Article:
Moroccan Culture and Practical tips

from an american living in morocco

  • Dress: You can wear whatever you want, including shorts.  However, it is advisable to wear pants and cover your shoulders, especially when outside of big cities.  You will draw less attention to yourself and also show some respect for Moroccans’ culture.  Girls who wear short shorts or dresses are likely to get some comments from boys.
  • Currency: The official currency is the Moroccan dirham (MAD).  Eleven dirhams are roughly equivalent to one euro, and ten dirhams to one U.S. dollar.
  • Water: It is not uncommon for Western visitors to Morocco to get upset stomachs.  It is best to drink only bottled or boiled water and used bottled or boiled water for brushing teeth and washing fruits and vegetables.
  • Cell phones: You can buy a Moroccan sim card for about 2 euros and get 5 gigabytes of data that lasts a month for about 5 euros.  This can be especially useful for the GPS, but be advised that the GPS signal is often weak inside medinas.
  • Greetings: A simple “salam” goes a long way.  It is customary to touch your hand to your heart after shaking someone’s hand.  When greeting a group of people, start from the rightmost person and go right to left.
  • Toilets: Most toilets in Morocco are squatty potties.  You can put toilet paper in the toilet.  To flush, fill the bucket in the bathroom with water and pour it down the hole.  Make sure you have a supply of toilet paper with you as not all restrooms have toilet paper.  (Females: face the hole to pee for best results.)
  • Food: Moroccans share meals with everyone eating from one plate or tagine.  Forks and knives are not used, but rather Moroccans eat with their hands (the right hand) and grab the food with bread.  Restaurants will provide foreigners with forks and knives.  If you are invited to someone’s home, they will offer you more food than you can possibly eat.  This is Moroccans’ way of saying that you are welcome and a friend, and they may be insulted if you don’t accept the food.
  • Tea: Moroccan tea (Berber Whiskey) is green tea with sugar and sometimes mint.  Moroccans put in a lot of sugar, so make sure you ask for no sugar if you don’t like sweet drinks.
  • Souks (Markets): Bargain with the vendors.  But also take some time to talk with the vendors and get to know them.  Yes, they want to make money, but most of them truly like to get to know you.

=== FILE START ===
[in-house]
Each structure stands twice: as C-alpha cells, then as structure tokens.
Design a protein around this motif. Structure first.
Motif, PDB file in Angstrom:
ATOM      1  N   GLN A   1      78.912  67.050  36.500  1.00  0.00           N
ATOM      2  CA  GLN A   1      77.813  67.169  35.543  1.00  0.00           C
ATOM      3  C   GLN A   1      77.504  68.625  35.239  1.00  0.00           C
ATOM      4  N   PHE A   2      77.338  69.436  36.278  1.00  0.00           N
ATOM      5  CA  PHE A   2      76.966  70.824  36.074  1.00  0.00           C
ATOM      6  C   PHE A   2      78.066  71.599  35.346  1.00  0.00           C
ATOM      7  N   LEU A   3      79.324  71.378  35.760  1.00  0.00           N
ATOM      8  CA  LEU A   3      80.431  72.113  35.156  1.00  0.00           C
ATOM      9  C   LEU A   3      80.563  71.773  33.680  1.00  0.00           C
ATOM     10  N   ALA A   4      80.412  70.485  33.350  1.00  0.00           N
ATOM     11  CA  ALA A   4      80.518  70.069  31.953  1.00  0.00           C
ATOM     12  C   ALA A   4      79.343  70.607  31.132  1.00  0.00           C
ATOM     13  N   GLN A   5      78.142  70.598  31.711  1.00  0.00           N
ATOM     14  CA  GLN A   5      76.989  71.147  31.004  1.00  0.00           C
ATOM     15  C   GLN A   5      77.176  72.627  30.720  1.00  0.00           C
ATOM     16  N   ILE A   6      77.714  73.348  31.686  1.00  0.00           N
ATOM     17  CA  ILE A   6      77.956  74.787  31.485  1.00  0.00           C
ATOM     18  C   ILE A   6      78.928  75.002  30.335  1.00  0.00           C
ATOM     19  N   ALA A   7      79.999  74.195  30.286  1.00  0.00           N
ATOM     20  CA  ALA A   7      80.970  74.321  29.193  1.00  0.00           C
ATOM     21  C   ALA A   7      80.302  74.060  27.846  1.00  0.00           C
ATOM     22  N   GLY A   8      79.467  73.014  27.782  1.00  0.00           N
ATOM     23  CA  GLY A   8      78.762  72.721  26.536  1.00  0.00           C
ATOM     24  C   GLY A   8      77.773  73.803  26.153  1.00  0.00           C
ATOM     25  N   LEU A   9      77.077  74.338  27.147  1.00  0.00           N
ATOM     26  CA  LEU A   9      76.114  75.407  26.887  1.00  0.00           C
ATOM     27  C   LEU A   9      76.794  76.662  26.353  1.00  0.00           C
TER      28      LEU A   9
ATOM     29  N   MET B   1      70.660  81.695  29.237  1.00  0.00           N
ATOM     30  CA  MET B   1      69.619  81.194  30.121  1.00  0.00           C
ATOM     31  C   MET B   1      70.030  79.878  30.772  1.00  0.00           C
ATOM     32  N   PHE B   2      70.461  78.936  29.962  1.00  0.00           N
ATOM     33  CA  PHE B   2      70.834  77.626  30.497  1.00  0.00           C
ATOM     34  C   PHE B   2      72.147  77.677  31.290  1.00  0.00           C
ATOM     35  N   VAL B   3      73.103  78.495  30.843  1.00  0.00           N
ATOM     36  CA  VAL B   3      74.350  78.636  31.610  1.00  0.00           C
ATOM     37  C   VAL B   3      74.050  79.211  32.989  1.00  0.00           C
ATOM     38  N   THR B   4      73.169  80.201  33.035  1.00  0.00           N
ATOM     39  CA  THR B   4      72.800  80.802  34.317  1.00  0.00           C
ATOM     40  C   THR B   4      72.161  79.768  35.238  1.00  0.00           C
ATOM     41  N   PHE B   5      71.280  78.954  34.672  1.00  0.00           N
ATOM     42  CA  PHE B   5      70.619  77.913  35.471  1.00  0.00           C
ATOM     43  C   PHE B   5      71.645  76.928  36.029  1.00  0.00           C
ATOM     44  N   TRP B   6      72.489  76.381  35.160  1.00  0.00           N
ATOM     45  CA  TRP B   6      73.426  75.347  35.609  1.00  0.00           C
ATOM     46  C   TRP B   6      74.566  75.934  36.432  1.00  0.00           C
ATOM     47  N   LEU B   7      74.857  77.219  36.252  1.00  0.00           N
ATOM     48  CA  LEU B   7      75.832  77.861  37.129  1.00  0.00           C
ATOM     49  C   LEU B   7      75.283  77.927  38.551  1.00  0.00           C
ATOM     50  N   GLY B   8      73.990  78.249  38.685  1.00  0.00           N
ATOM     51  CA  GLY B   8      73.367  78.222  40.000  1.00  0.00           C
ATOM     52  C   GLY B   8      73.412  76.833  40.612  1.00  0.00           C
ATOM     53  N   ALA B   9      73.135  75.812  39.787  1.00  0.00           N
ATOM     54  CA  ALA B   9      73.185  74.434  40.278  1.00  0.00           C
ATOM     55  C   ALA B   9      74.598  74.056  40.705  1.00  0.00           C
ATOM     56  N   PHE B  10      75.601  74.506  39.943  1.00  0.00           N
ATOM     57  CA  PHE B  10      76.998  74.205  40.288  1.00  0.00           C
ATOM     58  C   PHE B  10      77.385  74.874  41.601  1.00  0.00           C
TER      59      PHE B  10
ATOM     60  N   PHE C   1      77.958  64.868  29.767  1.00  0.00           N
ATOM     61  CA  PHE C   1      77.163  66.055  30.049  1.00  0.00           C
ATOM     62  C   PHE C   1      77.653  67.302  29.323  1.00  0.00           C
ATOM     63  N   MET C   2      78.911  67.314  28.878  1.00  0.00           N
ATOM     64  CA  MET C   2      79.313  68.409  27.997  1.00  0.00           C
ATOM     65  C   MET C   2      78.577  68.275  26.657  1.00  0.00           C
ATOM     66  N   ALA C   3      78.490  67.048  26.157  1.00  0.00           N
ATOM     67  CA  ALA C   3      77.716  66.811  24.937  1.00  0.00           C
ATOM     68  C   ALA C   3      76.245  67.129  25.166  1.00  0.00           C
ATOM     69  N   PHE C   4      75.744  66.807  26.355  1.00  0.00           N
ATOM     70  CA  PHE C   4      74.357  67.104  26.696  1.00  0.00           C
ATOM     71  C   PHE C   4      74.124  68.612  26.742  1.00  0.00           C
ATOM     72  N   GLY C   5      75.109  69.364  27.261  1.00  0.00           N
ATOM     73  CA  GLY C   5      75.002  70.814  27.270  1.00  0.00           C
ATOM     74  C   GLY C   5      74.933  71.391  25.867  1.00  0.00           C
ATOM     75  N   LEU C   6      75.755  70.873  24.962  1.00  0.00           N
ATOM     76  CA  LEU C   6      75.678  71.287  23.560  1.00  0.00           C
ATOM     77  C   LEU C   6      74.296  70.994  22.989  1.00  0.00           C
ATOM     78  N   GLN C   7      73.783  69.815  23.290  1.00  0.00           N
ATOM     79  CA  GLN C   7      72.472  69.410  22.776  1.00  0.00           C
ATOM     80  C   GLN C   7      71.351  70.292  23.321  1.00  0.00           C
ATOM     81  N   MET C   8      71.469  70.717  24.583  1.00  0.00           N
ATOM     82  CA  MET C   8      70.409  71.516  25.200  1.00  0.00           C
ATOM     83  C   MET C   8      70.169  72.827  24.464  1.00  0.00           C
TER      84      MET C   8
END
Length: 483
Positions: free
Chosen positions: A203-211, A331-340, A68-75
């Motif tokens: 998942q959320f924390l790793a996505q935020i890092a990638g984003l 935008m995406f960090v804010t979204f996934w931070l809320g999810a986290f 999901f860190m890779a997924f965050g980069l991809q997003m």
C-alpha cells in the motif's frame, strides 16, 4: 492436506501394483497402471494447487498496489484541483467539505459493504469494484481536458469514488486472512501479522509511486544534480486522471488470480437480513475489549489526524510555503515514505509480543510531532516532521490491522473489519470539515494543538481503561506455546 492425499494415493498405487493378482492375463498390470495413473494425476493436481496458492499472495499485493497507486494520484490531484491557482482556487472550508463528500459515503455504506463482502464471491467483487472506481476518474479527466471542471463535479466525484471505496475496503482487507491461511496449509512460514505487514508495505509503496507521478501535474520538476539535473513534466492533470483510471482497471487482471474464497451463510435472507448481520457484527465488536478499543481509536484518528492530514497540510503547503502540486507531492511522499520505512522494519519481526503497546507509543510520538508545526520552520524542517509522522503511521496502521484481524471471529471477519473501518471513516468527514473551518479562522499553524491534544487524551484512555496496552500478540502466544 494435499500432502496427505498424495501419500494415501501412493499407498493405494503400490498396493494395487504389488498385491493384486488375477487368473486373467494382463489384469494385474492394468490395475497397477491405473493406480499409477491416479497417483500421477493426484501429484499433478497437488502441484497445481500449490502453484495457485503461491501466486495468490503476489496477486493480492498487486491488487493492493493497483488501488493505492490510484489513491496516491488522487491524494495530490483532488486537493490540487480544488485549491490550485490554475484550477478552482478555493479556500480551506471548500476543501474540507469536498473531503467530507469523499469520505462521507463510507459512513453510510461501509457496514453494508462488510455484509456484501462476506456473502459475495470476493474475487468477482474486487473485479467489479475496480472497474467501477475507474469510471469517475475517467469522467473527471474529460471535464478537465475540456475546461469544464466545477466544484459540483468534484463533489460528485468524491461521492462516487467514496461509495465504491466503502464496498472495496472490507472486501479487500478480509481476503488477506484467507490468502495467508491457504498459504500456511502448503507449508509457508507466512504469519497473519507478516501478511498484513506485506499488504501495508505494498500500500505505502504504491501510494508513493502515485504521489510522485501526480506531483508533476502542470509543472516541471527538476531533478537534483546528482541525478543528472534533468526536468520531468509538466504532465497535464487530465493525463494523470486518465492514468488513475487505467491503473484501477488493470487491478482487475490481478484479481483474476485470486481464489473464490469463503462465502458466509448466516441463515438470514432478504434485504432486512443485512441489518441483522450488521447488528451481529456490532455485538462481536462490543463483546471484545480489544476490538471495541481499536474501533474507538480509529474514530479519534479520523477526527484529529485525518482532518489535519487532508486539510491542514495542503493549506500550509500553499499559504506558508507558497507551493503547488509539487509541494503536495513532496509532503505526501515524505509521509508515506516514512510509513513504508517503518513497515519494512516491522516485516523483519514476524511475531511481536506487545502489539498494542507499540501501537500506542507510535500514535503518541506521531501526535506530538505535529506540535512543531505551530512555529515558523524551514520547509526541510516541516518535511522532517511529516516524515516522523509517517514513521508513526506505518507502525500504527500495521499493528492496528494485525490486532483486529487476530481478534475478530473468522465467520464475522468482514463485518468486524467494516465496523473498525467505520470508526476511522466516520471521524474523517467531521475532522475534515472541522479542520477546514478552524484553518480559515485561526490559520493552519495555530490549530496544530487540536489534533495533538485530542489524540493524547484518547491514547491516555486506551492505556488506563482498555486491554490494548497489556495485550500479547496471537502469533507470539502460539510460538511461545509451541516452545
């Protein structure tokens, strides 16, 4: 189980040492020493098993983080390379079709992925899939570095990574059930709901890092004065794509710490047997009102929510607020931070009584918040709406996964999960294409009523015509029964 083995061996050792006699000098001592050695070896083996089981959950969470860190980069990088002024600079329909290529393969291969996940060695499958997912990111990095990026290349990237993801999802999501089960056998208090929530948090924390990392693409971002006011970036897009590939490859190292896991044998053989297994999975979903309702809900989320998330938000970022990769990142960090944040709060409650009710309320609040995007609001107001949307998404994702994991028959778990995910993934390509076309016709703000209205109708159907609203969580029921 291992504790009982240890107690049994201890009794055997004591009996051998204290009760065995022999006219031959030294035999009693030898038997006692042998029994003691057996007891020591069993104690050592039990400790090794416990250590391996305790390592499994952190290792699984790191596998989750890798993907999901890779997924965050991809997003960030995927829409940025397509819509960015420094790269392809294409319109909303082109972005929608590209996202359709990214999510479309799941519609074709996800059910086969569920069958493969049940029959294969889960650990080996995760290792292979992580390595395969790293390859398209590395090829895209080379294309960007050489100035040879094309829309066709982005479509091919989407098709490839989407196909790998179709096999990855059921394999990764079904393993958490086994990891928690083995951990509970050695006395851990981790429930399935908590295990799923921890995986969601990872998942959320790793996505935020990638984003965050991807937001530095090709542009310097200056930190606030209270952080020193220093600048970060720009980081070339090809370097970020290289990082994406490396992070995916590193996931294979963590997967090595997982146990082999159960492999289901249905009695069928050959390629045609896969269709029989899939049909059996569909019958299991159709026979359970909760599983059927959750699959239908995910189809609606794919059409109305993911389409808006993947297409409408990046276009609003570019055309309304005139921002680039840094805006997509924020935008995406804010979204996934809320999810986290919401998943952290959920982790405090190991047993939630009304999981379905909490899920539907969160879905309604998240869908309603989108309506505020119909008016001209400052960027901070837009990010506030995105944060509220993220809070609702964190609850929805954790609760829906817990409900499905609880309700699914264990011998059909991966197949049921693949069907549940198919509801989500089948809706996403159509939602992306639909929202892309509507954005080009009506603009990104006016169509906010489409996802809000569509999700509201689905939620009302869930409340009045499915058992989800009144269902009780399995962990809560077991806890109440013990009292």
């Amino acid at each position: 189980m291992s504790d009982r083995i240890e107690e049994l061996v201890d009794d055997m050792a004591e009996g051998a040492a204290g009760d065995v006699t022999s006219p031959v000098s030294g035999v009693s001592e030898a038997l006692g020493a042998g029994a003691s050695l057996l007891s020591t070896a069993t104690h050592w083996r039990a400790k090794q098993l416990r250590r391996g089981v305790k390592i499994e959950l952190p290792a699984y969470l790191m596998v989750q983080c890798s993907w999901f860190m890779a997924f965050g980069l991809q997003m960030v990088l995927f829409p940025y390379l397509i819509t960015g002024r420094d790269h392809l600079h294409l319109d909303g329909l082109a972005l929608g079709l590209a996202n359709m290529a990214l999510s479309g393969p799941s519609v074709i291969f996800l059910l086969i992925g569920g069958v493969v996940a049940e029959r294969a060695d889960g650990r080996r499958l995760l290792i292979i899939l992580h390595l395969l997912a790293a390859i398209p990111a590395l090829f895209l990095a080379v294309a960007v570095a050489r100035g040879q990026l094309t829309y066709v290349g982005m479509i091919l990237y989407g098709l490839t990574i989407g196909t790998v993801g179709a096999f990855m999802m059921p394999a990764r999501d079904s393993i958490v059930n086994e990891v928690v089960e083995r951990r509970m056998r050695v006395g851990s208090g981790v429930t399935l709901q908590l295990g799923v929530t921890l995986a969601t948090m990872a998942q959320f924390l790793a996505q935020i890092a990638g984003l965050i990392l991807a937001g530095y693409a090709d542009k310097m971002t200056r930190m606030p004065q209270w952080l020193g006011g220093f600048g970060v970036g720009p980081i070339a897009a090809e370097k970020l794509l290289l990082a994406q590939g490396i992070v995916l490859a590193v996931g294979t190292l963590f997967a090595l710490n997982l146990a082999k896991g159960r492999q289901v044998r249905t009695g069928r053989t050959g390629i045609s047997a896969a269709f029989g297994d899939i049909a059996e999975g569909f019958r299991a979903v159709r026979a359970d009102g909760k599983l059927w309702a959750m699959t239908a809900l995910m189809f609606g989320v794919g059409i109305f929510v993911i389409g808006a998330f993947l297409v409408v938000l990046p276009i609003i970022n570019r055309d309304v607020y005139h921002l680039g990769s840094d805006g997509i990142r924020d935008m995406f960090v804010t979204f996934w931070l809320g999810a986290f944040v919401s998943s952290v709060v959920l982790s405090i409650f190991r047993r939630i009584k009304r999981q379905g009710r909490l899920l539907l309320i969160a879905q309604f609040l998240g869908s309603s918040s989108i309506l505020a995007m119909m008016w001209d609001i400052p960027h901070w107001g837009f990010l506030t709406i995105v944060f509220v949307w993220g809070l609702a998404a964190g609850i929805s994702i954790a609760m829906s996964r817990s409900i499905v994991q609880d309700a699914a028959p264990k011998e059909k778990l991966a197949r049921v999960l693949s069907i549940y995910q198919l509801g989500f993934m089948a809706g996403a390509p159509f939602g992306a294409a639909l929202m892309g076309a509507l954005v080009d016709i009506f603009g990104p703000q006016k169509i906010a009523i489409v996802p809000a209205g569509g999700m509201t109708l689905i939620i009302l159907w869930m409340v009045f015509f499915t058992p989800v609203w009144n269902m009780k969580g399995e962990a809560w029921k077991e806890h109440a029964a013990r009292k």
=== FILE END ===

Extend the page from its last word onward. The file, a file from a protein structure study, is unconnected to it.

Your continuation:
• Explore non-touristy areas: To get a better taste of Moroccan life, venture outside of where most tourists go.  Go eat in a restaurant that is full of Moroccans and try to talk to Moroccans as much as you can.  Moroccans enjoy sharing their culture with foreigners.
  • Unofficial guides: In the big cities, many teenage boys and young men will try to show you around the medina for a small tip.  While they will not let you get lost, they may take you a roundabout way so that you need them to find your way back.  Also, if policemen come near, they may run off to avoid getting in trouble.
  • Tipping: Tipping is not mandatory but is greatly appreciated.  If you want to make sure the money gets to the workers instead of the owner, you may want to leave the tip in the room at a hotel, on the table at a restaurant (if safe), or give it to the workers directly.
  • Transportation: Within Morocco, there are four main modes of public transportation: petite taxi, grand taxi, bus, and train.
    • Petite taxis go within a city and use a meter.  Make sure you tell the taxi driver to start the meter or fix a price before starting on the trip.  Taxi fares are generally cheap.
    • Grand taxis go between towns and cities.  There are fixed fares between locations.  The drivers are usually fair with tourists, but you may want to ask someone at a hotel or restaurant for the price beforehand.  To take a grand taxi, go to the grand taxi station and tell them where you want to go.  Once six people with the same destination arrive, the taxi will leave.  Sometimes you may have to wait a while for a taxi to leave, especially if you are trying to go in the heat of the afternoon or in the evening.  You can pay for all the spots in the taxi if you don’t want to wait.
    • The two main bus lines are CTM and Supratours.  These have the nicest buses and run on time.  You can view the time tables at www.ctm.ma and www.supratours.ma.  To go from Tangier/Chefchaouen to the south of Morocco (Er-Rachidia/Merzouga/Rissani) take a bus first to Fez, and then transfer.  Note that there is no onboard bathroom, but the buses make stops at cafés.  Night buses are safe.
    • The train runs between the major cities and is reliable.  You can view the timetable at www.oncf.ma.  For safety, it is best to travel first class if you take a night train.
  • Burping: Burping is socially acceptable, and Moroccans say “lhmdollah” (“Thanks to Allah”) after burping.
  • Alcohol: You can buy alcohol in Morocco, but it is hard to find in small towns.  Erfoud is the last city where you can buy alcohol before the Merzouga desert.
  • Time zone: Morocco is in the time zone UTC + 01:00, the same as central Europe.  As of October 2018, Morocco no longer observes Daylight Saving Time.